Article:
On April 22, 2012 a very fast-moving fireball was observed over large parts of California and Nevada. Equivalent to four kilotons of TNT, the fireball was photographed, and recorded by video and by weather Doppler-radars. The photographs and videos helped to trace back its orbit to the far reaches of the outer part of the asteroid belt. The radar data helped meteorite hunters to recover a total of 77 specimens, with the first ones found only two days after the fall. The meteorite was named Sutter's Mill, after the location where it fell. (Interestingly, Sutter's Mill was the place where gold was discovered in 1848, sparking the Californian gold rush.)
To study the meteorite, an international research consortium was assembled by local meteor astronomer Peter Jenniskens, PhD. The team included scientists from The Field Museum's Robert A. Pritzker Center of Meteoritics and Polar Studies and the University of Chicago. The Chicago group consisted of Robert A. Pritzker Assistant Curator Philipp R. Heck, PhD, and University of Chicago Professor and Field Museum research associate Andrew M. Davis, PhD, and senior scientist Stephen B. Simon, PhD.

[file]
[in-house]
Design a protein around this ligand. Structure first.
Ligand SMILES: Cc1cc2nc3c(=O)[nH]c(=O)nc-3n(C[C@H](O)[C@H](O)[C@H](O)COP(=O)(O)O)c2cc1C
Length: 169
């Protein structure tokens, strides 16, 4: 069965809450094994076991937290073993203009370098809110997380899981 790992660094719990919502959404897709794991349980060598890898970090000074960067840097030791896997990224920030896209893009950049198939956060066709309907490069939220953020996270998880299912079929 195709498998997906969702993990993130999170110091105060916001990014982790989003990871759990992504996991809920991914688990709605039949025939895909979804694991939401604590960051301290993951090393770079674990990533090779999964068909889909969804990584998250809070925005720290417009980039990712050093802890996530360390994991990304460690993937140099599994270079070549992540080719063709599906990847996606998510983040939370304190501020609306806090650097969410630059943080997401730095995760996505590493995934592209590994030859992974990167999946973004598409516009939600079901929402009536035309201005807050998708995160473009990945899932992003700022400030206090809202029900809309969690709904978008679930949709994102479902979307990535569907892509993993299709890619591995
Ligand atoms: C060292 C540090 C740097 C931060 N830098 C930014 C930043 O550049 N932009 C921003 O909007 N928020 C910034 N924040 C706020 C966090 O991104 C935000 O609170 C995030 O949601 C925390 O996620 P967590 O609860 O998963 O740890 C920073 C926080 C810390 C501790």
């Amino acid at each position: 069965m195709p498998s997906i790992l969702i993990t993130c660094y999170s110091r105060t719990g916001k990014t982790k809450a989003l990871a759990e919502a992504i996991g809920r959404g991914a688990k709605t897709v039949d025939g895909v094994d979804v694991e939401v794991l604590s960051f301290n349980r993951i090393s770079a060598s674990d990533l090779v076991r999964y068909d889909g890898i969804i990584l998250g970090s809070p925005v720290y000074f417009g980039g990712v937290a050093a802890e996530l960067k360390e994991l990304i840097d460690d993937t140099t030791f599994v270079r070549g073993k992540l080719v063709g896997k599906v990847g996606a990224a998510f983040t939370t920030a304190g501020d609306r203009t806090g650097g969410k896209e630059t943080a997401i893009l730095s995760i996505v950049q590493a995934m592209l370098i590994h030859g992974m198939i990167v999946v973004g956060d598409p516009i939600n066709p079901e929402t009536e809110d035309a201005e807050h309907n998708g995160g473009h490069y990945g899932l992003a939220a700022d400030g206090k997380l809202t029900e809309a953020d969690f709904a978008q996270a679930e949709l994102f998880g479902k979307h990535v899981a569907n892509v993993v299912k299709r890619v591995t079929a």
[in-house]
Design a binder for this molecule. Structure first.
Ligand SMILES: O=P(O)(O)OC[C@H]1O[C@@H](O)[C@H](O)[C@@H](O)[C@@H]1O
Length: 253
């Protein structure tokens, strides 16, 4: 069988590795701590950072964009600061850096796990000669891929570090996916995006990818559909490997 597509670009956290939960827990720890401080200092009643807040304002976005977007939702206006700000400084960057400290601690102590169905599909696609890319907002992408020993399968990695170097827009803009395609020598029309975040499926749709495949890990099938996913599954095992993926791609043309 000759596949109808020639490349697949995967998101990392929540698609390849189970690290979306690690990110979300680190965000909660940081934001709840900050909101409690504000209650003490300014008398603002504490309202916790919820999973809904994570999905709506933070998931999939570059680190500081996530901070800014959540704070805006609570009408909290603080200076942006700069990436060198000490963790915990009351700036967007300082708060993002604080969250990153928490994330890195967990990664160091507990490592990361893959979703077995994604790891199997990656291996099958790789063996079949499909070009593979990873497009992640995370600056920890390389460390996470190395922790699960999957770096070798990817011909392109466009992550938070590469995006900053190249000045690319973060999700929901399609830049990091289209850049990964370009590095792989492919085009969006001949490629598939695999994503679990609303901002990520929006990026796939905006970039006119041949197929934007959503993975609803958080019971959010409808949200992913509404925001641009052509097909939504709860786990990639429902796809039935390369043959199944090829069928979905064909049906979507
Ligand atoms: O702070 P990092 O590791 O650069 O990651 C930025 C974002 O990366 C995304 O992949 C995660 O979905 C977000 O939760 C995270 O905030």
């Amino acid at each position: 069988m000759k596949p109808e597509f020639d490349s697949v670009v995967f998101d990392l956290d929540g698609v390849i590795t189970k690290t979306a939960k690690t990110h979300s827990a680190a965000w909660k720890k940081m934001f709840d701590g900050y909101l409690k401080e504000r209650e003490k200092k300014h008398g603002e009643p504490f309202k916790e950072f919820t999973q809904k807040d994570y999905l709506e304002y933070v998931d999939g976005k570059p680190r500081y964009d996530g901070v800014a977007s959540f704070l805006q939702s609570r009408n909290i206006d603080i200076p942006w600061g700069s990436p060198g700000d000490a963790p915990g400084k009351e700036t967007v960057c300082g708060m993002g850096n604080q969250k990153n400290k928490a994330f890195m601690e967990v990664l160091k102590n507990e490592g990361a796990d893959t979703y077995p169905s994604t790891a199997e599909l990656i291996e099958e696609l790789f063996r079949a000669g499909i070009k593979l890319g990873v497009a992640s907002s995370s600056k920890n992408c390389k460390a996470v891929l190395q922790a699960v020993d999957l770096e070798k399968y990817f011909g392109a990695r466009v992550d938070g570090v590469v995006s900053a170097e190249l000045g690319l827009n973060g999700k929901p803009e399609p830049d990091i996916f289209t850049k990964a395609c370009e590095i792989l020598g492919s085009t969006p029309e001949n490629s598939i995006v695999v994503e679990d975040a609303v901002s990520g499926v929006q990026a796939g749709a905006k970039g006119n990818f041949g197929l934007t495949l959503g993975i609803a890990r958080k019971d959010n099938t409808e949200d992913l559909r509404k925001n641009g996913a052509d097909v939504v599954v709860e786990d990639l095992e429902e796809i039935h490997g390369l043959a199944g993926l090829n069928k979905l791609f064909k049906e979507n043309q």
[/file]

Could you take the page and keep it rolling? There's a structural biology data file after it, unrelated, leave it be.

The Sutter's Mill meteorite was scrutinized by almost the entire arsenal of observational and analytical state-of-the-art tools available to scientists today. The impressive synthesis of the collective results is published in this week's edition of the journal Science. Dr. Heck and his colleagues studied a piece of the meteorite that was donated to The Field Museum by meteorite collector and philanthropist Terry Boudreaux. Dr. Heck prepared a polished section of the meteorite that he and his colleagues first studied with a scanning electron microscope to prepare a petrographic description and produce high-quality X-ray maps to determine its chemical composition.
Together with analysis performed by 43 other institutions, it was discovered that the Sutter's Mill meteorite is a so-called carbonaceous chondrite which is much more diverse in its composition than other meteorites of this type. The unique rock came from a dark, carbon-rich asteroid that experienced an unexpectedly large variety of geological processes on its surface. The reflectance spectrum of the Sutter's Mill meteorite suggests it is similar to the asteroid that will be visited by the Japanese space mission Hayabusa-2 in 2018. Thus, this meteorite seems to be the ideal sample to prepare cosmochemists for the arrival of Hayabusa-2.
Dr Heck, the curator-in-charge for meteorites at The Field Museum says, "I am fortunate to study this interesting, rare and unique meteorite, and will also preserve pristine pieces of it at The Field Museum for future generations of scientists who will be armed with analytical tools of which we can only dream of today."